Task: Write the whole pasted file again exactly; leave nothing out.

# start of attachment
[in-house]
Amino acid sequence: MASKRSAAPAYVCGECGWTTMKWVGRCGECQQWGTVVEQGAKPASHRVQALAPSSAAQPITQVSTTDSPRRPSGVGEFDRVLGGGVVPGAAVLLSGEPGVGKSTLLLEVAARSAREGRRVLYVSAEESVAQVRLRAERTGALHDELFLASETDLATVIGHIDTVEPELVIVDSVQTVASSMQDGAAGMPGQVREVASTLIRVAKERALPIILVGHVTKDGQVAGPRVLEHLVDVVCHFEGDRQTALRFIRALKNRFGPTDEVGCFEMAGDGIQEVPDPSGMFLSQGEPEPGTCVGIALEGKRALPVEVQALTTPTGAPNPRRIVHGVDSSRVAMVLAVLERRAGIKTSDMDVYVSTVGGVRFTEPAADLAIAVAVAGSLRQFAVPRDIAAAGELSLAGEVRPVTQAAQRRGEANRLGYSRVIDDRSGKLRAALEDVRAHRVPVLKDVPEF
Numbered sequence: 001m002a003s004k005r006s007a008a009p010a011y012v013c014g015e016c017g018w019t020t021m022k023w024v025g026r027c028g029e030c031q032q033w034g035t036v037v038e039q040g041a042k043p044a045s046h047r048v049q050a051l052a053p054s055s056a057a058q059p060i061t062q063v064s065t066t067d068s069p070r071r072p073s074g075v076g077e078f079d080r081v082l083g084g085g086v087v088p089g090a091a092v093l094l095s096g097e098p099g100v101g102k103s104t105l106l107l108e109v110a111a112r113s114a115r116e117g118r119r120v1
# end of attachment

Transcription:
[in-house]
Amino acid sequence: MASKRSAAPAYVCGECGWTTMKWVGRCGECQQWGTVVEQGAKPASHRVQALAPSSAAQPITQVSTTDSPRRPSGVGEFDRVLGGGVVPGAAVLLSGEPGVGKSTLLLEVAARSAREGRRVLYVSAEESVAQVRLRAERTGALHDELFLASETDLATVIGHIDTVEPELVIVDSVQTVASSMQDGAAGMPGQVREVASTLIRVAKERALPIILVGHVTKDGQVAGPRVLEHLVDVVCHFEGDRQTALRFIRALKNRFGPTDEVGCFEMAGDGIQEVPDPSGMFLSQGEPEPGTCVGIALEGKRALPVEVQALTTPTGAPNPRRIVHGVDSSRVAMVLAVLERRAGIKTSDMDVYVSTVGGVRFTEPAADLAIAVAVAGSLRQFAVPRDIAAAGELSLAGEVRPVTQAAQRRGEANRLGYSRVIDDRSGKLRAALEDVRAHRVPVLKDVPEF
Numbered sequence: 001m002a003s004k005r006s007a008a009p010a011y012v013c014g015e016c017g018w019t020t021m022k023w024v025g026r027c028g029e030c031q032q033w034g035t036v037v038e039q040g041a042k043p044a045s046h047r048v049q050a051l052a053p054s055s056a057a058q059p060i061t062q063v064s065t066t067d068s069p070r071r072p073s074g075v076g077e078f079d080r081v082l083g084g085g086v087v088p089g090a091a092v093l094l095s096g097e098p099g100v101g102k103s104t105l106l107l108e109v110a111a112r113s114a115r116e117g118r119r120v1